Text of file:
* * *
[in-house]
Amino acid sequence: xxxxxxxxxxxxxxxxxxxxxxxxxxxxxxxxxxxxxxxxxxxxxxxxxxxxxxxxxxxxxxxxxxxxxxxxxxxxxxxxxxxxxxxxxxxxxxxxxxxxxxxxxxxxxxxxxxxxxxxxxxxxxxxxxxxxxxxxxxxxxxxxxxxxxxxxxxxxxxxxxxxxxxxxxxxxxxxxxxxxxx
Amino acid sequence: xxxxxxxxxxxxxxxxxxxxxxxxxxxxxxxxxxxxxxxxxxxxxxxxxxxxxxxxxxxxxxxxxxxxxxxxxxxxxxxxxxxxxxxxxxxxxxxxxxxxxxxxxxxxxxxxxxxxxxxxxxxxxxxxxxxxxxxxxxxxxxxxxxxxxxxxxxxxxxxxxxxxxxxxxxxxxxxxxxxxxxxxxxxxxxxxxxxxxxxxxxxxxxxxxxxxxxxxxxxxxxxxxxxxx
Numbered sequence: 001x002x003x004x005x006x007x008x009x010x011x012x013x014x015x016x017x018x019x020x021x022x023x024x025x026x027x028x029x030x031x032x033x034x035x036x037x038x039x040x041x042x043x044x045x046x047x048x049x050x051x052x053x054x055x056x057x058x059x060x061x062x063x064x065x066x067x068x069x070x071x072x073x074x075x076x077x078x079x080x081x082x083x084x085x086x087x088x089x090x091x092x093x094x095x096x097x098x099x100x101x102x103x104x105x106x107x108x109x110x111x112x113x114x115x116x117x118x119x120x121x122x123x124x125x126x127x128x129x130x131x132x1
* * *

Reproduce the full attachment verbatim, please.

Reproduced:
[in-house]
Amino acid sequence: xxxxxxxxxxxxxxxxxxxxxxxxxxxxxxxxxxxxxxxxxxxxxxxxxxxxxxxxxxxxxxxxxxxxxxxxxxxxxxxxxxxxxxxxxxxxxxxxxxxxxxxxxxxxxxxxxxxxxxxxxxxxxxxxxxxxxxxxxxxxxxxxxxxxxxxxxxxxxxxxxxxxxxxxxxxxxxxxxxxxxx
Amino acid sequence: xxxxxxxxxxxxxxxxxxxxxxxxxxxxxxxxxxxxxxxxxxxxxxxxxxxxxxxxxxxxxxxxxxxxxxxxxxxxxxxxxxxxxxxxxxxxxxxxxxxxxxxxxxxxxxxxxxxxxxxxxxxxxxxxxxxxxxxxxxxxxxxxxxxxxxxxxxxxxxxxxxxxxxxxxxxxxxxxxxxxxxxxxxxxxxxxxxxxxxxxxxxxxxxxxxxxxxxxxxxxxxxxxxxxx
Numbered sequence: 001x002x003x004x005x006x007x008x009x010x011x012x013x014x015x016x017x018x019x020x021x022x023x024x025x026x027x028x029x030x031x032x033x034x035x036x037x038x039x040x041x042x043x044x045x046x047x048x049x050x051x052x053x054x055x056x057x058x059x060x061x062x063x064x065x066x067x068x069x070x071x072x073x074x075x076x077x078x079x080x081x082x083x084x085x086x087x088x089x090x091x092x093x094x095x096x097x098x099x100x101x102x103x104x105x106x107x108x109x110x111x112x113x114x115x116x117x118x119x120x121x122x123x124x125x126x127x128x129x130x131x132x1